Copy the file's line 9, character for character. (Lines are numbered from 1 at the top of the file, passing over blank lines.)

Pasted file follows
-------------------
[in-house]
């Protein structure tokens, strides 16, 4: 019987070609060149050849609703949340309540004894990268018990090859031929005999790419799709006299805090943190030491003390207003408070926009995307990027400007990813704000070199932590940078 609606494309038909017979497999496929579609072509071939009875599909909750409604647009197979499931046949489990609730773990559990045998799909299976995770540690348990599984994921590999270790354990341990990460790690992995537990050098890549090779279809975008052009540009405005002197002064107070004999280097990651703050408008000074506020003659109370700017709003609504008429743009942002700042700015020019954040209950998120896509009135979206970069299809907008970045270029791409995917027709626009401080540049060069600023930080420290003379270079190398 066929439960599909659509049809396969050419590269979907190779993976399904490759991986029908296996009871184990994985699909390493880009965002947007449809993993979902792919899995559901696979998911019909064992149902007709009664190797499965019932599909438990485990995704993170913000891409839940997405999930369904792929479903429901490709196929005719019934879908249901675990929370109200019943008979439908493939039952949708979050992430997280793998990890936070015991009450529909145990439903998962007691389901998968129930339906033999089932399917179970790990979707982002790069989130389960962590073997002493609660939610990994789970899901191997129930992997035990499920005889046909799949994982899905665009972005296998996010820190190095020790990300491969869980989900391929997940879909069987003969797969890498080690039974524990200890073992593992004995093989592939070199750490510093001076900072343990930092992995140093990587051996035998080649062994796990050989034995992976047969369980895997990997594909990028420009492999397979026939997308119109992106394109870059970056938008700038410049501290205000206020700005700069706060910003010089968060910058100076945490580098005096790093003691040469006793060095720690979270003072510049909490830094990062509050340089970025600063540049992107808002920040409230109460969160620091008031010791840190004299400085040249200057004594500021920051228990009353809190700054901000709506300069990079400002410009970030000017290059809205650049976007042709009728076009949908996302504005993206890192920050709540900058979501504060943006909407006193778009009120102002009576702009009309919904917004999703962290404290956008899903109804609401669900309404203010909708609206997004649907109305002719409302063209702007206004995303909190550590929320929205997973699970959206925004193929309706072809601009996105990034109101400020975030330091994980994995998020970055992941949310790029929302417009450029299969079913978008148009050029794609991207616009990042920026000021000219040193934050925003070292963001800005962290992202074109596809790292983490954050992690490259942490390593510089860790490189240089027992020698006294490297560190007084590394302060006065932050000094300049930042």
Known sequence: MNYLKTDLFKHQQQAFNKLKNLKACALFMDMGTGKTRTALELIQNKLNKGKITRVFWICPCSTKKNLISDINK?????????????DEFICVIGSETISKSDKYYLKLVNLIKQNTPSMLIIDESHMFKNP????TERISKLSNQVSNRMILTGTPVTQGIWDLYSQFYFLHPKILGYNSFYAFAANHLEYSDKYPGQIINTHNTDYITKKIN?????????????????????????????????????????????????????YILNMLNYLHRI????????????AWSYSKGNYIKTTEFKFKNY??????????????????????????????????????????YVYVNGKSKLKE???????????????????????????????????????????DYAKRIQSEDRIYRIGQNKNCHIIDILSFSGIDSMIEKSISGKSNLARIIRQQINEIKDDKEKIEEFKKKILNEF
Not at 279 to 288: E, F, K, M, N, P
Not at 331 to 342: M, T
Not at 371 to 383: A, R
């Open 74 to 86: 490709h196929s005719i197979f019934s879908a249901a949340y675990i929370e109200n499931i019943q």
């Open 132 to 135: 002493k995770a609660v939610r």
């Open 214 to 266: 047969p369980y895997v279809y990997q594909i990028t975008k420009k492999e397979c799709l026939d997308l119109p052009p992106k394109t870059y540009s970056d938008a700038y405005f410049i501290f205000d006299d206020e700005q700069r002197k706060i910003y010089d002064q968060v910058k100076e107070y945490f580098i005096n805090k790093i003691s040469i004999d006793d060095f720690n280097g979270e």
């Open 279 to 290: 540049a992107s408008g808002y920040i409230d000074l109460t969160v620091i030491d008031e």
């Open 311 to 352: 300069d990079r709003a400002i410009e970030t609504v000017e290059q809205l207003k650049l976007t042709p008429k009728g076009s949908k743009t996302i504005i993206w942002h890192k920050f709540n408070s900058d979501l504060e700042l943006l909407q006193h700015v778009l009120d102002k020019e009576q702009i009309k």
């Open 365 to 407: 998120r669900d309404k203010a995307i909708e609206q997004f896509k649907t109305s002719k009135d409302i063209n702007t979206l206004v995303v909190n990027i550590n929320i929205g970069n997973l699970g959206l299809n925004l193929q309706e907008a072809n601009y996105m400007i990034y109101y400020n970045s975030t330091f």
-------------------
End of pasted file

């Open 214 to 266: 047969p369980y895997v279809y990997q594909i990028t975008k420009k492999e397979c799709l026939d997308l119109p052009p992106k394109t870059y540009s970056d938008a700038y405005f410049i501290f205000d006299d206020e700005q700069r002197k706060i910003y010089d002064q968060v910058k100076e107070y945490f580098i005096n805090k790093i003691s040469i004999d006793d060095f720690n280097g979270e």